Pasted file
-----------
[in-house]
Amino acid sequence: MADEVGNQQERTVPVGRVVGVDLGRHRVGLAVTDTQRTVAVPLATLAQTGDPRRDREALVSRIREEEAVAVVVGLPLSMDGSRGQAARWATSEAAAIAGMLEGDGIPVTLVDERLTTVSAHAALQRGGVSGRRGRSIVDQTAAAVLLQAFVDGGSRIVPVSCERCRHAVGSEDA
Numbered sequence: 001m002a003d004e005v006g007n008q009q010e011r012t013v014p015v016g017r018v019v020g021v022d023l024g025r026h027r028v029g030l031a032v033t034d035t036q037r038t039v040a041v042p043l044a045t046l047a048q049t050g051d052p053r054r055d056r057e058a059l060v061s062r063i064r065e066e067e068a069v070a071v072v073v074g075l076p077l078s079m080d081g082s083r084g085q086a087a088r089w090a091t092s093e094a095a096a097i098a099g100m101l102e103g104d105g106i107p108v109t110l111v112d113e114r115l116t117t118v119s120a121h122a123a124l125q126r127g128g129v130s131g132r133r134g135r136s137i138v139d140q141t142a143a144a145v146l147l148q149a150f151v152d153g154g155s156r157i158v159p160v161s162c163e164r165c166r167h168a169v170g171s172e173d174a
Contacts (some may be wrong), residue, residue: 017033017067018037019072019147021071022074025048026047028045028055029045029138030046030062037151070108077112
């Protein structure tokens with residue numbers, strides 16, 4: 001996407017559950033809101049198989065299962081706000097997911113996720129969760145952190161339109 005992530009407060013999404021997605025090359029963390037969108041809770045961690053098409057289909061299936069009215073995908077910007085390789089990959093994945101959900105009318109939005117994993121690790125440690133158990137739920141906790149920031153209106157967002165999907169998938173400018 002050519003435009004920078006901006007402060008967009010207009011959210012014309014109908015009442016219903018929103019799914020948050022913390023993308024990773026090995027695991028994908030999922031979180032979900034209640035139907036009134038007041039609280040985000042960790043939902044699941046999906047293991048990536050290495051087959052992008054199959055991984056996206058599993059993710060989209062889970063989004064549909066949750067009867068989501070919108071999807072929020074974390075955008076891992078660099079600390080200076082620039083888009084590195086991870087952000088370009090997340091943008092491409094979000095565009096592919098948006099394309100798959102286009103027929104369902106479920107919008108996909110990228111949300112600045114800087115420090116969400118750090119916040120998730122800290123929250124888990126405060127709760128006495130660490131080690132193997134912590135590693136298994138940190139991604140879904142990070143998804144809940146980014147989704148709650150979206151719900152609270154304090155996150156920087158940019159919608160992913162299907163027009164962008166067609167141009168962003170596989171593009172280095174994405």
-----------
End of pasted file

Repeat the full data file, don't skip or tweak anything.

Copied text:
[in-house]
Amino acid sequence: MADEVGNQQERTVPVGRVVGVDLGRHRVGLAVTDTQRTVAVPLATLAQTGDPRRDREALVSRIREEEAVAVVVGLPLSMDGSRGQAARWATSEAAAIAGMLEGDGIPVTLVDERLTTVSAHAALQRGGVSGRRGRSIVDQTAAAVLLQAFVDGGSRIVPVSCERCRHAVGSEDA
Numbered sequence: 001m002a003d004e005v006g007n008q009q010e011r012t013v014p015v016g017r018v019v020g021v022d023l024g025r026h027r028v029g030l031a032v033t034d035t036q037r038t039v040a041v042p043l044a045t046l047a048q049t050g051d052p053r054r055d056r057e058a059l060v061s062r063i064r065e066e067e068a069v070a071v072v073v074g075l076p077l078s079m080d081g082s083r084g085q086a087a088r089w090a091t092s093e094a095a096a097i098a099g100m101l102e103g104d105g106i107p108v109t110l111v112d113e114r115l116t117t118v119s120a121h122a123a124l125q126r127g128g129v130s131g132r133r134g135r136s137i138v139d140q141t142a143a144a145v146l147l148q149a150f151v152d153g154g155s156r157i158v159p160v161s162c163e164r165c166r167h168a169v170g171s172e173d174a
Contacts (some may be wrong), residue, residue: 017033017067018037019072019147021071022074025048026047028045028055029045029138030046030062037151070108077112
């Protein structure tokens with residue numbers, strides 16, 4: 001996407017559950033809101049198989065299962081706000097997911113996720129969760145952190161339109 005992530009407060013999404021997605025090359029963390037969108041809770045961690053098409057289909061299936069009215073995908077910007085390789089990959093994945101959900105009318109939005117994993121690790125440690133158990137739920141906790149920031153209106157967002165999907169998938173400018 002050519003435009004920078006901006007402060008967009010207009011959210012014309014109908015009442016219903018929103019799914020948050022913390023993308024990773026090995027695991028994908030999922031979180032979900034209640035139907036009134038007041039609280040985000042960790043939902044699941046999906047293991048990536050290495051087959052992008054199959055991984056996206058599993059993710060989209062889970063989004064549909066949750067009867068989501070919108071999807072929020074974390075955008076891992078660099079600390080200076082620039083888009084590195086991870087952000088370009090997340091943008092491409094979000095565009096592919098948006099394309100798959102286009103027929104369902106479920107919008108996909110990228111949300112600045114800087115420090116969400118750090119916040120998730122800290123929250124888990126405060127709760128006495130660490131080690132193997134912590135590693136298994138940190139991604140879904142990070143998804144809940146980014147989704148709650150979206151719900152609270154304090155996150156920087158940019159919608160992913162299907163027009164962008166067609167141009168962003170596989171593009172280095174994405």